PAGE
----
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This history of early life in Logan County, West Virginia, was written by Howard and Daisy Adams. Howard (1906-1976) and Daisy (b.1915) were children of Major and Belle Dora Adams of Trace Fork of Harts Creek. Titled “The life of pioneers during the latter half of the eighteenth century and the beginning of the 19th century” and written in the late 1960s or early 1970s, their history marks the only known attempt by local people to reconstruct the story of pioneer life. This part of the history includes information regarding industry, clearing of land, farming, and square dances.

The chief industries in those days were farming, raising stock, and timbering. Farming began with axes, saws, and mattocks all swinging. A good piece of land was chosen and clearing it began by chopping and sawing down all the trees on it. The trees had to be trimmed up. That was cutting off all the branches as limbs and putting them in big heaps or piles. The logs of the trees had to be sawed in lengths so they could be rolled together in piles for hauling. All small bushes were grubbed up and put on the brush piles. Clearing land was done mostly during winter months as soon as the land was cleared of all trees and brush and it piled up. Then began the burning of brush and logs. This usually took two or three days and it was hard work. After the burning off was completed, a nice big field or new ground as it was called was now the farmer’s pride. Planting began by sowing seed beds and planting vegetables. Corn was planted in late April or early May. Usually it was hoed two times, once when about 8 to 12 inches high and again when it was about 24 to 30 inches high. People in those days swapped work or had “corn hoeing.” Everybody for several miles around came to help at the workings or corn hoeing. The women came along, too. They usually had quilting parties and also helped with the cooking. Boy, they sure had plenty to eat at the big workings. They had chicken and dumplings, beans, bacon, onions, and corn dodger and lots of other eats from the farm. Everybody gathered around after the day’s work was over.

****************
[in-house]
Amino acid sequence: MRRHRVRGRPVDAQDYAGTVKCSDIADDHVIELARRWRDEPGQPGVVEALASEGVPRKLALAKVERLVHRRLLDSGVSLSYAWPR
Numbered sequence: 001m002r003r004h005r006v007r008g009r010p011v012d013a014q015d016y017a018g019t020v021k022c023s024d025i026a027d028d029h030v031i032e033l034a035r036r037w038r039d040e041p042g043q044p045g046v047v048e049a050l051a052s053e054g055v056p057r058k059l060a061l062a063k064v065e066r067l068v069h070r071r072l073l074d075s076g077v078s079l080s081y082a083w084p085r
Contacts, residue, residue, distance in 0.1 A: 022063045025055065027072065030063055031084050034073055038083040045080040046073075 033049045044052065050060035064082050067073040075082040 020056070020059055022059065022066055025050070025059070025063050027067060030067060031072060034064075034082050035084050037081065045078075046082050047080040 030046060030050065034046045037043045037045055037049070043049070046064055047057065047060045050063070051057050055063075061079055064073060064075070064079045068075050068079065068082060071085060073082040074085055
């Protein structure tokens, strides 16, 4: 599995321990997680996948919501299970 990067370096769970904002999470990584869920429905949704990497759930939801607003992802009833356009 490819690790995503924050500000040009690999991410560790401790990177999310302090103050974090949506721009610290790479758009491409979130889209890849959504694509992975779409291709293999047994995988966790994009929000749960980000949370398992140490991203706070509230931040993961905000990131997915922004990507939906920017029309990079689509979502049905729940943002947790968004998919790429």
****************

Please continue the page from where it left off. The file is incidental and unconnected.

As soon as supper was over and the dishes washed and put away the beds were moved out of the room called the big house. Then the young men and young women began dancing. Square dancing was a thrilling experience. Some one who knew how called out the reels. The dancers then performed the instruction of the caller. A string band consisting of a fiddle, banjo, and sometimes a guitar furnished the music for the dance. They had refreshments of wine or liquor most all the men took part in the drinking. The girls seldom ever drank. If anyone got drunk he was put out of the dancing or off the floor as they called it. Sometimes the boys would have fist fights over the girls which never amounted to much. After the dance was over, the beds were put back in the big house room and the neighbors all said good night and went home tired and sleepy. All these things happened as time moved along.

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